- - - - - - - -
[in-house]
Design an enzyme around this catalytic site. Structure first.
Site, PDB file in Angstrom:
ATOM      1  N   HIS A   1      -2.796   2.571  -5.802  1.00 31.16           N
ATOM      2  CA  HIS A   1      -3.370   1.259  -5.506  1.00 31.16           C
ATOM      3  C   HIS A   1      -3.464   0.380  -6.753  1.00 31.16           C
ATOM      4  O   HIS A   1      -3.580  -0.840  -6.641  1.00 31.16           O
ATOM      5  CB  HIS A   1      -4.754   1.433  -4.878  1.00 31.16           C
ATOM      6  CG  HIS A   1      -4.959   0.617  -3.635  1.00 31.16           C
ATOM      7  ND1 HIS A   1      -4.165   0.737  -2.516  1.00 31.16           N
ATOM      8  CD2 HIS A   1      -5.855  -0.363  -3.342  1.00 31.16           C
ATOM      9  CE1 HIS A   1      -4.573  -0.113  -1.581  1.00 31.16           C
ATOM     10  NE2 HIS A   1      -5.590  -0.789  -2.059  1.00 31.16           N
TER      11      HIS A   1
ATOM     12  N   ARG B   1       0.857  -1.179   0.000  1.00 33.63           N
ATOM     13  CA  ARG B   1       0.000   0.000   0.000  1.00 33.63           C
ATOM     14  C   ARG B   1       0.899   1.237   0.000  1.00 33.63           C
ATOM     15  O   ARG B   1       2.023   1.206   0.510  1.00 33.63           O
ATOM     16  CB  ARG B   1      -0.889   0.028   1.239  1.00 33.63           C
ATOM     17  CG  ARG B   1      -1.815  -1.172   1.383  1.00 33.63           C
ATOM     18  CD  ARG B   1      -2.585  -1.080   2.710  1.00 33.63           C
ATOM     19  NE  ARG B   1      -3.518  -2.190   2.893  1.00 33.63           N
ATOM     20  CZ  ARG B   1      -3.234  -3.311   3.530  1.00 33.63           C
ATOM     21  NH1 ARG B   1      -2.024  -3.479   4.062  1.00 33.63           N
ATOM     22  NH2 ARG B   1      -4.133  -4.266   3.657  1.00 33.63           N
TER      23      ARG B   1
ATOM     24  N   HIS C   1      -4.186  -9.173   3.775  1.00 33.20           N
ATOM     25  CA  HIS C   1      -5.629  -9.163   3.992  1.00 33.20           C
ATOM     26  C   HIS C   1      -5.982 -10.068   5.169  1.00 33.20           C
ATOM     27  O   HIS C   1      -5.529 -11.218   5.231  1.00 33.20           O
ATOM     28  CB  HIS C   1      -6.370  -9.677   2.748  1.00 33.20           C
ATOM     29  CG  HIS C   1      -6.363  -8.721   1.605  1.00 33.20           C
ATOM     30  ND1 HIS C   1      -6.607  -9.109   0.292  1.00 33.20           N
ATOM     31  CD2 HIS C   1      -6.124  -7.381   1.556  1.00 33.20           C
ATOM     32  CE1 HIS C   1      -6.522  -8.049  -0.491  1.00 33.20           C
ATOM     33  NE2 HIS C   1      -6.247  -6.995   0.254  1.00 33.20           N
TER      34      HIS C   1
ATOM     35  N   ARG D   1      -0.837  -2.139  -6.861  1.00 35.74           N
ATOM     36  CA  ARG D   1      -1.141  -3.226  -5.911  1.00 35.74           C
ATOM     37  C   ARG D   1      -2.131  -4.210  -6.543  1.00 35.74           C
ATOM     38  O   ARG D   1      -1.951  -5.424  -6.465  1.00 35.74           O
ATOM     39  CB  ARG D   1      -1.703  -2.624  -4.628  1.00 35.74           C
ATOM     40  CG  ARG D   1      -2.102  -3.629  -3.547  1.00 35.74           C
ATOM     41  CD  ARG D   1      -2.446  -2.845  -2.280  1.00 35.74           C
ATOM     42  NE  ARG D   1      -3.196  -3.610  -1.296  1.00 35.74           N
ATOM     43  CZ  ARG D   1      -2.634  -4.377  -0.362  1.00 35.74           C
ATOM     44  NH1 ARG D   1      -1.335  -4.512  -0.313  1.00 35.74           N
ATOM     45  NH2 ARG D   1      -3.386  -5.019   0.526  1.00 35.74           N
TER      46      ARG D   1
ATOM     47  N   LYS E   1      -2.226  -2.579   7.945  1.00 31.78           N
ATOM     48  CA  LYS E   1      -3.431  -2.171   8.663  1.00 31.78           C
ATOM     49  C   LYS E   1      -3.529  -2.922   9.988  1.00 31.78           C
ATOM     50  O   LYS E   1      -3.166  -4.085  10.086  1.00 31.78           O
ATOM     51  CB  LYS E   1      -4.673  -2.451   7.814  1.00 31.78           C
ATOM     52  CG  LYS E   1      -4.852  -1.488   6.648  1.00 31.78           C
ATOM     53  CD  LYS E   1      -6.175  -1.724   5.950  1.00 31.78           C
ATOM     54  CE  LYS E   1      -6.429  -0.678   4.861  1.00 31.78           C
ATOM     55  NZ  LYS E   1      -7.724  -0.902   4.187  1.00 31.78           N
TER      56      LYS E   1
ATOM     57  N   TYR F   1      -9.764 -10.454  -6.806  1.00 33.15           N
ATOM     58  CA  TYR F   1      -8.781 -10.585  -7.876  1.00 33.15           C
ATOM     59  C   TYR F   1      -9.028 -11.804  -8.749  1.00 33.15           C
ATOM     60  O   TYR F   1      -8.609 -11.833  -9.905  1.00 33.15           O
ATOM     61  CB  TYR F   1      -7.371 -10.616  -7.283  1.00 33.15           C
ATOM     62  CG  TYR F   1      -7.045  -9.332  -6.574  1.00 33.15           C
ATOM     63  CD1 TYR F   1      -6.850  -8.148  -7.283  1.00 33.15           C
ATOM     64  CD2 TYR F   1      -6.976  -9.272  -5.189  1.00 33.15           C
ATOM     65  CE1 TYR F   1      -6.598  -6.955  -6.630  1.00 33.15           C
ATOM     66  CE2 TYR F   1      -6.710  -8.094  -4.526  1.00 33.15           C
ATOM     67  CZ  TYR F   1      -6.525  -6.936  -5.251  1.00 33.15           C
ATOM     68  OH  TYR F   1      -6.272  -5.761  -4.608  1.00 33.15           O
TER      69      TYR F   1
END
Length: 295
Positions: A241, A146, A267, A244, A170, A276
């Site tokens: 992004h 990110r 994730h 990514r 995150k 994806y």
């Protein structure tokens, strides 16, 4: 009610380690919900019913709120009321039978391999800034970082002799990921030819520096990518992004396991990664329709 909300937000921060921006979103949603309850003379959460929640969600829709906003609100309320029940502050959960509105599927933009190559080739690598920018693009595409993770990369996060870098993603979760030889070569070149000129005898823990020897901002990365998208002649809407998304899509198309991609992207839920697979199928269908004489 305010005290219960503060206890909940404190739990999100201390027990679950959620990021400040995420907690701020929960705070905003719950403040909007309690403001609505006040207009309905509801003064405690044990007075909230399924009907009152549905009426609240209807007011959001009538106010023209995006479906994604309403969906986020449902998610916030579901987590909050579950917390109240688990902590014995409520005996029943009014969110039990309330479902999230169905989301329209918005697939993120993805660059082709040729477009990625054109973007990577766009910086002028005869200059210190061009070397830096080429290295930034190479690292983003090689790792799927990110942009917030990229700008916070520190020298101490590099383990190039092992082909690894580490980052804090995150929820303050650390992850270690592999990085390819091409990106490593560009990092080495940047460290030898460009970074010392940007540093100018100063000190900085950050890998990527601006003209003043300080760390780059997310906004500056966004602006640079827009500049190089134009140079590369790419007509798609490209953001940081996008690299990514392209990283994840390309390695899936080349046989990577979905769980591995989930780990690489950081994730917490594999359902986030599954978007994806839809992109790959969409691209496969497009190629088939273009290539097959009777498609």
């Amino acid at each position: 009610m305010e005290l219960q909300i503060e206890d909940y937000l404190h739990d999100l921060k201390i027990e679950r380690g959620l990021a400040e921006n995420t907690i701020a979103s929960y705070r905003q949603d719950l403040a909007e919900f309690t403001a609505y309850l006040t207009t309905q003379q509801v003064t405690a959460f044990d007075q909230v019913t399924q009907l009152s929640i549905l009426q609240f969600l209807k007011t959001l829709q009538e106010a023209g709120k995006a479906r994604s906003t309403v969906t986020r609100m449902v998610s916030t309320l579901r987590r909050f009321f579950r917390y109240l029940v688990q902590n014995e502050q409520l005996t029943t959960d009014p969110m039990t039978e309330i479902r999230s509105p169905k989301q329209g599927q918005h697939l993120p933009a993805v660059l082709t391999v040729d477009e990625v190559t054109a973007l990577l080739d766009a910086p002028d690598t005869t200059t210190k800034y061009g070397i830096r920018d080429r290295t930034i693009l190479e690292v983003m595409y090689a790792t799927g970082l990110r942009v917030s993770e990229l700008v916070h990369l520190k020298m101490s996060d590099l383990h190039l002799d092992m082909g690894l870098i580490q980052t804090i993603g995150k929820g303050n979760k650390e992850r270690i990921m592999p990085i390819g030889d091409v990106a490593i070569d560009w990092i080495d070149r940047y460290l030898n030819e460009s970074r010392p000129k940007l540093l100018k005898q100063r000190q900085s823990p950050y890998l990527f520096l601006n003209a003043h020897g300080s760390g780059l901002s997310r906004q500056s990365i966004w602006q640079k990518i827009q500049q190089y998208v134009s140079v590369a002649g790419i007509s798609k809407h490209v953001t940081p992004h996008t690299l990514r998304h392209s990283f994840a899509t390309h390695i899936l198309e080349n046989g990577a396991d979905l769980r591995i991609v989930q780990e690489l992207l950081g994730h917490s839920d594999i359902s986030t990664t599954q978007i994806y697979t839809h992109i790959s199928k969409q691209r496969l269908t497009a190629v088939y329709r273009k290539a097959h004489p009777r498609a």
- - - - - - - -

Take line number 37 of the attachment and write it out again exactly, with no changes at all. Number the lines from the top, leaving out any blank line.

TER      34      HIS C   1